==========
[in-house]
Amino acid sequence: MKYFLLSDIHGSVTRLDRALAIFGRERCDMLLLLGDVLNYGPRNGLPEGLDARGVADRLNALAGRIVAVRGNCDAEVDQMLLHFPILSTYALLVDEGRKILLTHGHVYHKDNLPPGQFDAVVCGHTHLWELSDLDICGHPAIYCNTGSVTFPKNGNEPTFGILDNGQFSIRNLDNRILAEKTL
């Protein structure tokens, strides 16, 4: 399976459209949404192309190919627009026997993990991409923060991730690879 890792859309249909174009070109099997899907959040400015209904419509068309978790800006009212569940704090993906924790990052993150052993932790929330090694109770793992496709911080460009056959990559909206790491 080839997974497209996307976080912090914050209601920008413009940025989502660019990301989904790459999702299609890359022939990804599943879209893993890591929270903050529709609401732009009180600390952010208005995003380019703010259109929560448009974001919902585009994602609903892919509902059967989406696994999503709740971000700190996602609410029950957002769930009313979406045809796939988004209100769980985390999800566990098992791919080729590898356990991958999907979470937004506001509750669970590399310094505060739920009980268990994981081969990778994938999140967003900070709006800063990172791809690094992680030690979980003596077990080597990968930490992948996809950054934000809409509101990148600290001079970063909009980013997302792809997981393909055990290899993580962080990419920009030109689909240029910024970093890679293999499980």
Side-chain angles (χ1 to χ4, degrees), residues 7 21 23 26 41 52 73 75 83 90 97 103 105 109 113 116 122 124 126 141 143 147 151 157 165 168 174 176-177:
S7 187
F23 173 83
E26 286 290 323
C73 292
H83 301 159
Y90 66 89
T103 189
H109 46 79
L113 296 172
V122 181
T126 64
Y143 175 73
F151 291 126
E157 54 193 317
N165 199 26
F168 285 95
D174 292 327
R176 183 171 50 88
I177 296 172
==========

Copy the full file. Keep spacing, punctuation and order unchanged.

[in-house]
Amino acid sequence: MKYFLLSDIHGSVTRLDRALAIFGRERCDMLLLLGDVLNYGPRNGLPEGLDARGVADRLNALAGRIVAVRGNCDAEVDQMLLHFPILSTYALLVDEGRKILLTHGHVYHKDNLPPGQFDAVVCGHTHLWELSDLDICGHPAIYCNTGSVTFPKNGNEPTFGILDNGQFSIRNLDNRILAEKTL
């Protein structure tokens, strides 16, 4: 399976459209949404192309190919627009026997993990991409923060991730690879 890792859309249909174009070109099997899907959040400015209904419509068309978790800006009212569940704090993906924790990052993150052993932790929330090694109770793992496709911080460009056959990559909206790491 080839997974497209996307976080912090914050209601920008413009940025989502660019990301989904790459999702299609890359022939990804599943879209893993890591929270903050529709609401732009009180600390952010208005995003380019703010259109929560448009974001919902585009994602609903892919509902059967989406696994999503709740971000700190996602609410029950957002769930009313979406045809796939988004209100769980985390999800566990098992791919080729590898356990991958999907979470937004506001509750669970590399310094505060739920009980268990994981081969990778994938999140967003900070709006800063990172791809690094992680030690979980003596077990080597990968930490992948996809950054934000809409509101990148600290001079970063909009980013997302792809997981393909055990290899993580962080990419920009030109689909240029910024970093890679293999499980």
Side-chain angles (χ1 to χ4, degrees), residues 7 21 23 26 41 52 73 75 83 90 97 103 105 109 113 116 122 124 126 141 143 147 151 157 165 168 174 176-177:
S7 187
F23 173 83
E26 286 290 323
C73 292
H83 301 159
Y90 66 89
T103 189
H109 46 79
L113 296 172
V122 181
T126 64
Y143 175 73
F151 291 126
E157 54 193 317
N165 199 26
F168 285 95
D174 292 327
R176 183 171 50 88
I177 296 172